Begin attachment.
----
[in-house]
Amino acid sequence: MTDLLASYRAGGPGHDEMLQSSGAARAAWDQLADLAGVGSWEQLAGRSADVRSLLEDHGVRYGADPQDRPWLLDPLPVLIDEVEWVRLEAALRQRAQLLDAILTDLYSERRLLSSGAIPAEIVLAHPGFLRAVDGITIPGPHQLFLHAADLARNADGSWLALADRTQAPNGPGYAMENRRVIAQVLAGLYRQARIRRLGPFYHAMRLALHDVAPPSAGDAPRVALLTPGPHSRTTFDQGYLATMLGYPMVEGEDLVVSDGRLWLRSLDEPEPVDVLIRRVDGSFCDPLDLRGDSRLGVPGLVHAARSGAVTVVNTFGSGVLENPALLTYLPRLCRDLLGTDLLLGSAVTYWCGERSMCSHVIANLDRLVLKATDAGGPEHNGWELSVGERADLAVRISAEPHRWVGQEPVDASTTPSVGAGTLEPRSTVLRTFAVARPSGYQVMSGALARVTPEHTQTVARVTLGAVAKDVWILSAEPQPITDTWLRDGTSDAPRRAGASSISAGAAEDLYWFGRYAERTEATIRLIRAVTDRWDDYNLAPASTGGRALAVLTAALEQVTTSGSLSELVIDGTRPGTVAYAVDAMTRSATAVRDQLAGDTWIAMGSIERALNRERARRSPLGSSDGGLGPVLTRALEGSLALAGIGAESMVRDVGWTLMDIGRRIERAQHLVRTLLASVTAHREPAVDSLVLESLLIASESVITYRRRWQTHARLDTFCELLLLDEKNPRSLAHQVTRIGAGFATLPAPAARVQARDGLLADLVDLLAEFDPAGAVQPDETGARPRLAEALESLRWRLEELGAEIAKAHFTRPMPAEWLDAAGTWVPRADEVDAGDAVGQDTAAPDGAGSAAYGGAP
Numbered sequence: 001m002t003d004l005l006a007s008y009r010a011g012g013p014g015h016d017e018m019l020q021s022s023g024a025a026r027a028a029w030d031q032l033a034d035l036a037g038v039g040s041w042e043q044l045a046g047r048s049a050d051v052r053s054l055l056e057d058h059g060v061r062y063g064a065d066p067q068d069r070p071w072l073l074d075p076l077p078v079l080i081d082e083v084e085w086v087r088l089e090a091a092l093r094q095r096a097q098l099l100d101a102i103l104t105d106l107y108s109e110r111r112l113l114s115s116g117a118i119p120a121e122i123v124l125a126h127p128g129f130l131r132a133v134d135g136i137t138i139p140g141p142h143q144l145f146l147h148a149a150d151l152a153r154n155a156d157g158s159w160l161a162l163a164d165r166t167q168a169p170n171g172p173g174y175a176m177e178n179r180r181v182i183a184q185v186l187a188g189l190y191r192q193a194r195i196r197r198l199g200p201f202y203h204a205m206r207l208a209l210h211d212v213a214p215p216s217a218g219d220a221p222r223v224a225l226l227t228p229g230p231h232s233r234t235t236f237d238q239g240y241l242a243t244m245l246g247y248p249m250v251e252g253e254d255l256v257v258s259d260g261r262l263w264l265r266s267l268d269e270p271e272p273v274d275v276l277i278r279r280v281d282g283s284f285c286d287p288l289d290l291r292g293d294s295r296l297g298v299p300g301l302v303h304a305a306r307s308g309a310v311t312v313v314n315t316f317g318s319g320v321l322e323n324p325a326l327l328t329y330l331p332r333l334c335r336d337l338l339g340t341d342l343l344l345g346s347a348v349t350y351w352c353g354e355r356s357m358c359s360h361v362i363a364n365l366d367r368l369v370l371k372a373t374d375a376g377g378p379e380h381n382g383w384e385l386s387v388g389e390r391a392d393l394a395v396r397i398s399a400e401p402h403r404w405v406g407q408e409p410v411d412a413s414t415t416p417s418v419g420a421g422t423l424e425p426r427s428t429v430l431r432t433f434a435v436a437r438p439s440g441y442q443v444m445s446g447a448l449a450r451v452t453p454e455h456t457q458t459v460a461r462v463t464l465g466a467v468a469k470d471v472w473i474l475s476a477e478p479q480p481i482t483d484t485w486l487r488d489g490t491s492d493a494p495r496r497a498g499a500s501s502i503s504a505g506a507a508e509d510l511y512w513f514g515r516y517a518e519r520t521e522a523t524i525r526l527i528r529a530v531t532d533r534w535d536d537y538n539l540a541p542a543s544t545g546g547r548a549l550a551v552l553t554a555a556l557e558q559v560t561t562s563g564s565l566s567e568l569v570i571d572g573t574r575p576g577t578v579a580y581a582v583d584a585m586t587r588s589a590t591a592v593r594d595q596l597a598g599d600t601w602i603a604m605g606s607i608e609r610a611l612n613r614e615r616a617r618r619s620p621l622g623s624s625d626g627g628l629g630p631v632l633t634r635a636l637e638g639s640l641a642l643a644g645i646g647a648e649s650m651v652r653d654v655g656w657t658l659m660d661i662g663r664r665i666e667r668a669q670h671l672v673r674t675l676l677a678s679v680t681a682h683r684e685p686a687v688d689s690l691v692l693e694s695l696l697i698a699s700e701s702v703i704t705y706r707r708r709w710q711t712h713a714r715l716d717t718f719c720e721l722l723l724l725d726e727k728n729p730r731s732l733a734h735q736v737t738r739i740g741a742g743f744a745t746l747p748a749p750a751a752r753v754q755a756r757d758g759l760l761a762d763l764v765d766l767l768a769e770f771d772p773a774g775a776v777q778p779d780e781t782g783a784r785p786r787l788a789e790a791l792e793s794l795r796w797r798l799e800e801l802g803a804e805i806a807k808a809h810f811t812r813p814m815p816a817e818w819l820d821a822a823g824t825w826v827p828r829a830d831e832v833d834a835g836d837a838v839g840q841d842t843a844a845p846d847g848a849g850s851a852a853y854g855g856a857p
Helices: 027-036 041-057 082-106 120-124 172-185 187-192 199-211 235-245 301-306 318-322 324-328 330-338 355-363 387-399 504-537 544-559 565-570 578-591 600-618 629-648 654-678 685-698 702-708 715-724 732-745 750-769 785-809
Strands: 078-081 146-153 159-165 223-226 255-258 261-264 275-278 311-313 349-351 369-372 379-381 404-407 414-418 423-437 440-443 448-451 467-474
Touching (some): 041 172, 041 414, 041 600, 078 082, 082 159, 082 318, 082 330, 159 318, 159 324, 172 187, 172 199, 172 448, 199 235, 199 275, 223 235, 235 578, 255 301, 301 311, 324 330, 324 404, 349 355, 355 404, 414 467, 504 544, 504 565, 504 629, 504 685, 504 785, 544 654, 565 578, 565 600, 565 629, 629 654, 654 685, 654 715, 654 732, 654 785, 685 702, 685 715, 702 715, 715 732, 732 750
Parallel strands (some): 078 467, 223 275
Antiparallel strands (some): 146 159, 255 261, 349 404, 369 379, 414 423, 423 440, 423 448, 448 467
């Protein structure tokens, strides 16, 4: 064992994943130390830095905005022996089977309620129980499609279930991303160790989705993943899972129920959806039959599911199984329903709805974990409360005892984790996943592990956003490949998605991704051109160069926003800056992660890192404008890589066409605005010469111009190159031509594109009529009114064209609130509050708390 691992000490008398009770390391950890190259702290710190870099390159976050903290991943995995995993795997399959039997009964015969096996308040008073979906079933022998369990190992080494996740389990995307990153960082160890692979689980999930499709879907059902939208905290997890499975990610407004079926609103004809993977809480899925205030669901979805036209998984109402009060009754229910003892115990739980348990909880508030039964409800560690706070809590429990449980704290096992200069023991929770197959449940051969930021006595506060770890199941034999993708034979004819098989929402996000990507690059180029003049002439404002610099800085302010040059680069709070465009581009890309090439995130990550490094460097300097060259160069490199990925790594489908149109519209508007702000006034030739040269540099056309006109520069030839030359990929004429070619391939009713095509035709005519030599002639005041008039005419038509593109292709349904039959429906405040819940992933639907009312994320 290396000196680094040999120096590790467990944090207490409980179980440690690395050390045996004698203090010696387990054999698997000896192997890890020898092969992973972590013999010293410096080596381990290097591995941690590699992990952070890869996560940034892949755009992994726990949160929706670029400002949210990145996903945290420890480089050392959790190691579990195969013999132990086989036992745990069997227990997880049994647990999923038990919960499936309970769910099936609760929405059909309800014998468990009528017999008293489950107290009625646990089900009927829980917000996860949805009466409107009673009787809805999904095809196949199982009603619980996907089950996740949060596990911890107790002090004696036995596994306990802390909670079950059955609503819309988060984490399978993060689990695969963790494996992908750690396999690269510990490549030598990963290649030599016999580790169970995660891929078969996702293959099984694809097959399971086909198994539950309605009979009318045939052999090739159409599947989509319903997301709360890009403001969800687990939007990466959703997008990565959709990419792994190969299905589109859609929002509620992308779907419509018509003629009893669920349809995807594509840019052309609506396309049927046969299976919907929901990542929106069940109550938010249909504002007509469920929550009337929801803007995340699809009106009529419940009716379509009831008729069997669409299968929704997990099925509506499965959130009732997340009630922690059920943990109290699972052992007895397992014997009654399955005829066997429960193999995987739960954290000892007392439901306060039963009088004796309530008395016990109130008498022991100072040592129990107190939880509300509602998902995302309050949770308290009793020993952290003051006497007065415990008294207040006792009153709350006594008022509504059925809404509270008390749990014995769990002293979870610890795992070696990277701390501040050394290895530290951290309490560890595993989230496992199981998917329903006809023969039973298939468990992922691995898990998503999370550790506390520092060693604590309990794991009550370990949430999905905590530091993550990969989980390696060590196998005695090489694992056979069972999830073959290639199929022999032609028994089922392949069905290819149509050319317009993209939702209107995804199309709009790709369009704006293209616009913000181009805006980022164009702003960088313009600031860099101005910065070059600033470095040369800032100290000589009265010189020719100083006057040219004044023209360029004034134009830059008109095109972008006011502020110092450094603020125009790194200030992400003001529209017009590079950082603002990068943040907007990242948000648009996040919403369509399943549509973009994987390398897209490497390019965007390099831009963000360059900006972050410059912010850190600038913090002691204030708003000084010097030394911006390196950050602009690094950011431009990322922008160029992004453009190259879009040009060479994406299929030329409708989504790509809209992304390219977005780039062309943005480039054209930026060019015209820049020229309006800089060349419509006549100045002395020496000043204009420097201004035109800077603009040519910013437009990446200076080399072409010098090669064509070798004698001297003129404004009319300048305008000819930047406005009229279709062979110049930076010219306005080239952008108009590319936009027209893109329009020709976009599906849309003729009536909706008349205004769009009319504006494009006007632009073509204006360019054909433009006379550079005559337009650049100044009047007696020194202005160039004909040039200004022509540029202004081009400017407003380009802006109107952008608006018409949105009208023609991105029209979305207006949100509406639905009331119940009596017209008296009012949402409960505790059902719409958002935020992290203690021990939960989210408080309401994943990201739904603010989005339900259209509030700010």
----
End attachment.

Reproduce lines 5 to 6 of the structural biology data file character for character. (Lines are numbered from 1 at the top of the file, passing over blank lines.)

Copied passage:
Strands: 078-081 146-153 159-165 223-226 255-258 261-264 275-278 311-313 349-351 369-372 379-381 404-407 414-418 423-437 440-443 448-451 467-474
Touching (some): 041 172, 041 414, 041 600, 078 082, 082 159, 082 318, 082 330, 159 318, 159 324, 172 187, 172 199, 172 448, 199 235, 199 275, 223 235, 235 578, 255 301, 301 311, 324 330, 324 404, 349 355, 355 404, 414 467, 504 544, 504 565, 504 629, 504 685, 504 785, 544 654, 565 578, 565 600, 565 629, 629 654, 654 685, 654 715, 654 732, 654 785, 685 702, 685 715, 702 715, 715 732, 732 750